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  • Writer's pictureEllen Fisch

The Art of Architectural Photography

There is something compelling about texture. Texture creates dynamic interplay in a composition. Architecture of the past depended on the juxtaposition of texture to add to the beauty, purpose and aesthetic to the structure. Carved moldings, brick work, smooth marble and rough sandstone all contributed to the architectural appeal and drew the eye to all parts of the overall design. Statuary and relief-work told the people who saw the building things about it. For example, many places of worship etch symbols onto their facades to entice and/or inform worshipers. Forts and palaces also used elaborate detail to make statements about power, worth and community. The textures and designs of these buildings proclaimed meanings to the societies they rose above as well as to the populations they conquered. Further, textures underlie motifs to bring them to life. Texture also weaves patterns and concepts into fluent design.

In India, I saw extraordinary pairings of textures and patterns. What I thought was elaborate and ornate in Western architecture pales by Indian standards. The textures and designs are so layered and intricate that just when you think you have seen the height of embellishment, a new design augments an already astonishing amount of detail. Looking at architecture in India is as breathtaking as it is inspiring. The use of texture and pattern melds into wondrous compositions that perhaps would not work in one's imagination, but are perfectly appropriate in reality. At once India's architectural detailing that is so much a part of Indian architecture is as practical as it is mystical: marvelous to behold.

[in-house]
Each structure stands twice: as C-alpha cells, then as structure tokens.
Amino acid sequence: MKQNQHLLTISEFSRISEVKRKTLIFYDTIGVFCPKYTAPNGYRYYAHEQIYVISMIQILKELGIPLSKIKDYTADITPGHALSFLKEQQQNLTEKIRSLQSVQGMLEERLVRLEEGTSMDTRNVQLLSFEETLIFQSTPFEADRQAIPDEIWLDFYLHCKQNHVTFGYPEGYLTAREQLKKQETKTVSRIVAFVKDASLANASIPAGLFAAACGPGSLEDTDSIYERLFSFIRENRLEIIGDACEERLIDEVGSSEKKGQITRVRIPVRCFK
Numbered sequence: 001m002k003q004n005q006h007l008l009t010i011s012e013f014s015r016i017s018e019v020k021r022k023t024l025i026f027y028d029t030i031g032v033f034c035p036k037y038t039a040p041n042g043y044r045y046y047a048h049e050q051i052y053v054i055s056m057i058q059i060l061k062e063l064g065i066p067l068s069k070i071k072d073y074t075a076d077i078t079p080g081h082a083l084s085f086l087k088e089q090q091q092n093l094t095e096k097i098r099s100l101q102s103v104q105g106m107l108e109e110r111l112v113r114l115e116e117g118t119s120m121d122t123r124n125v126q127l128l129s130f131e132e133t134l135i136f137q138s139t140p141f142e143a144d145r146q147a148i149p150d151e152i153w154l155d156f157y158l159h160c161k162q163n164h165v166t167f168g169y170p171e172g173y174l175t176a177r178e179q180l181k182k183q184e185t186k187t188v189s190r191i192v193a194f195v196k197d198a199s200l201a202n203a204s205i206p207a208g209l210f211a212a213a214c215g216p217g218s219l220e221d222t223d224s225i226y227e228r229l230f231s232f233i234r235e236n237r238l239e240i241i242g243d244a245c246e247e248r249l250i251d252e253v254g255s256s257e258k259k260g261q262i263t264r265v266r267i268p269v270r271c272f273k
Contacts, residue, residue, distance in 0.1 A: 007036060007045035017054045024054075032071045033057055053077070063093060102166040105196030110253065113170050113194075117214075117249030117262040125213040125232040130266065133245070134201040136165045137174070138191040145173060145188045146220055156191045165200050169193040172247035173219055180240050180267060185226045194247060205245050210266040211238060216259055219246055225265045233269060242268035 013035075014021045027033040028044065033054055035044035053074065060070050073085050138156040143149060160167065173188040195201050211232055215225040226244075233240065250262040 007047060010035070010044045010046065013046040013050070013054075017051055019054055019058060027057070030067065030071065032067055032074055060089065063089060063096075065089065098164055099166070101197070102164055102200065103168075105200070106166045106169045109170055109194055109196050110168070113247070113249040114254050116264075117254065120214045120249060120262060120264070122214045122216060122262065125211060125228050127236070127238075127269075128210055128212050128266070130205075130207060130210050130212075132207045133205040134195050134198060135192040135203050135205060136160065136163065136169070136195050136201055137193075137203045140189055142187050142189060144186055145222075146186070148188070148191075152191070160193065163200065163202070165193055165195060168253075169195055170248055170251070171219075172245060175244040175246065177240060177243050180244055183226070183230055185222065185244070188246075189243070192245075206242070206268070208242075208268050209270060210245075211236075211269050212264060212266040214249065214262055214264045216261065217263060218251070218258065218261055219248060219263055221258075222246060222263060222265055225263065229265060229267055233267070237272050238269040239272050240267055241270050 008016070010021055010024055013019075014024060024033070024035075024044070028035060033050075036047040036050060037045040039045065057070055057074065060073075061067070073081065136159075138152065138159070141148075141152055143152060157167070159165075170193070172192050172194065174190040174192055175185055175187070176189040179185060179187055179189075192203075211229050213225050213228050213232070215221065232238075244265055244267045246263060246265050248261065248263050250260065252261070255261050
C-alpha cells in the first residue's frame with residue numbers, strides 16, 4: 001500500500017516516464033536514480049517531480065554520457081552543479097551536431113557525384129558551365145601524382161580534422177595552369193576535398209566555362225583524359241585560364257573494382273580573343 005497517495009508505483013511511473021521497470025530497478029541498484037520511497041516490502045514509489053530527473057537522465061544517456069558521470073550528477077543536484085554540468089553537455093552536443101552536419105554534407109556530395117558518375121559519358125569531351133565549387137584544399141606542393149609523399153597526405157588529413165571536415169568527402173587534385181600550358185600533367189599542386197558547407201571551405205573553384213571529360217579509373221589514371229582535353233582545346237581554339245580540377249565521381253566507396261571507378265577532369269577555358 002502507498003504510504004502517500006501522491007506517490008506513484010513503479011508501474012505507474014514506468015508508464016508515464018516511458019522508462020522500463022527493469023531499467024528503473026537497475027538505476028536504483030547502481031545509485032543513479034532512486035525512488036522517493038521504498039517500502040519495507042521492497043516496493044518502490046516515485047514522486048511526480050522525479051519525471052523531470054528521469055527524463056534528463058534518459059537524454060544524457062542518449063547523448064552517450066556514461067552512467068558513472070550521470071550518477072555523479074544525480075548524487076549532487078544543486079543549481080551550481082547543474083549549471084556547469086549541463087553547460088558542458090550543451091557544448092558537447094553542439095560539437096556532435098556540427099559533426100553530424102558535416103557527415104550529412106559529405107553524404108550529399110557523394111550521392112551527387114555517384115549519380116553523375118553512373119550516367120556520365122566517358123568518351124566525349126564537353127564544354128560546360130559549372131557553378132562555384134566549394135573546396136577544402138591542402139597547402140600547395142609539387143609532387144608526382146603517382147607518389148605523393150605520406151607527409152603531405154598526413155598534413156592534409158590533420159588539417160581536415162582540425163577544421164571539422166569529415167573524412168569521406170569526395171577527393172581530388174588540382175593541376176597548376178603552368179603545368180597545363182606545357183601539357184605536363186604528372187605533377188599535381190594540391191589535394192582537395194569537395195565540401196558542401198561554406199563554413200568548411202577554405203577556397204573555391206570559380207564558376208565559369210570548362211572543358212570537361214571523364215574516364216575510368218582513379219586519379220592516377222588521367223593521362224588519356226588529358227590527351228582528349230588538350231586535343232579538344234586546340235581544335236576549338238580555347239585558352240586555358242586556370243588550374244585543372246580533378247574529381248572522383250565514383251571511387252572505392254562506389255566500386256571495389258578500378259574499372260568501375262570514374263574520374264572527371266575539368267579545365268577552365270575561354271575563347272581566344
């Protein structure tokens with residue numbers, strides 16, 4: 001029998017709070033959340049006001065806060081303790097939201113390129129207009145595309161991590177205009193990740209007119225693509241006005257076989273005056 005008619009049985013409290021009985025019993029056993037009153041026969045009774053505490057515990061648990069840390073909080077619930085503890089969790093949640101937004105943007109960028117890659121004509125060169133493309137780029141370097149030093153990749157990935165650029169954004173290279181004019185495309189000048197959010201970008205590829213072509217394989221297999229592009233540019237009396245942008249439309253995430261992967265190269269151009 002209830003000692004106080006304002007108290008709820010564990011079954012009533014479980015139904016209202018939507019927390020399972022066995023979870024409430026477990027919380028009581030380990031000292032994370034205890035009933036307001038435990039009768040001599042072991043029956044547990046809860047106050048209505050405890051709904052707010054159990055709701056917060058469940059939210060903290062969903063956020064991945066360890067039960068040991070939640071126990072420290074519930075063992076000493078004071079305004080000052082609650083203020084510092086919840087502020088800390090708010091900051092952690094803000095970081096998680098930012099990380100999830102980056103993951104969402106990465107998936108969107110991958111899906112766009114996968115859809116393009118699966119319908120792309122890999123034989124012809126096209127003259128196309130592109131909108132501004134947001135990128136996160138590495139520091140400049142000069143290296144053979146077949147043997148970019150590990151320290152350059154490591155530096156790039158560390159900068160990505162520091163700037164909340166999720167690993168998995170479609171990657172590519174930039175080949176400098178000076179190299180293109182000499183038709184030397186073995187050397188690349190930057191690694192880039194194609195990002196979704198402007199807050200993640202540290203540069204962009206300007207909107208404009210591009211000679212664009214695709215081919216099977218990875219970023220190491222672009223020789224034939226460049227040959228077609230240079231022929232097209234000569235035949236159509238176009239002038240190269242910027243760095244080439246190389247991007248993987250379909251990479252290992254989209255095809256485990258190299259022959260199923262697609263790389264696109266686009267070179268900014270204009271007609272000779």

On the drive to Khajuraho, I stopped at the city of Orchha, which dates from the 1500's. There I saw the Jahangir Mahal, a stunning example of Mughal architecture. It is entered through wonderfully textured and huge wooden doors with iron fittings. Layer upon layer of stone carved design frames these doors in both smooth and rough materials all in proximity with flat and coarse slate flooring. The intricately interlocking carvings and the aging of the 400+ year old palace urge the eye to continuously roam around the structure, seeking new visual delights. Visiting Orchha, a place that has lovingly preserved the magnificence of a once established empire, remains a highlight of and insight to the fabulous Indian architecture I saw in India.

Black and White Architectural Photography: Orchha, India

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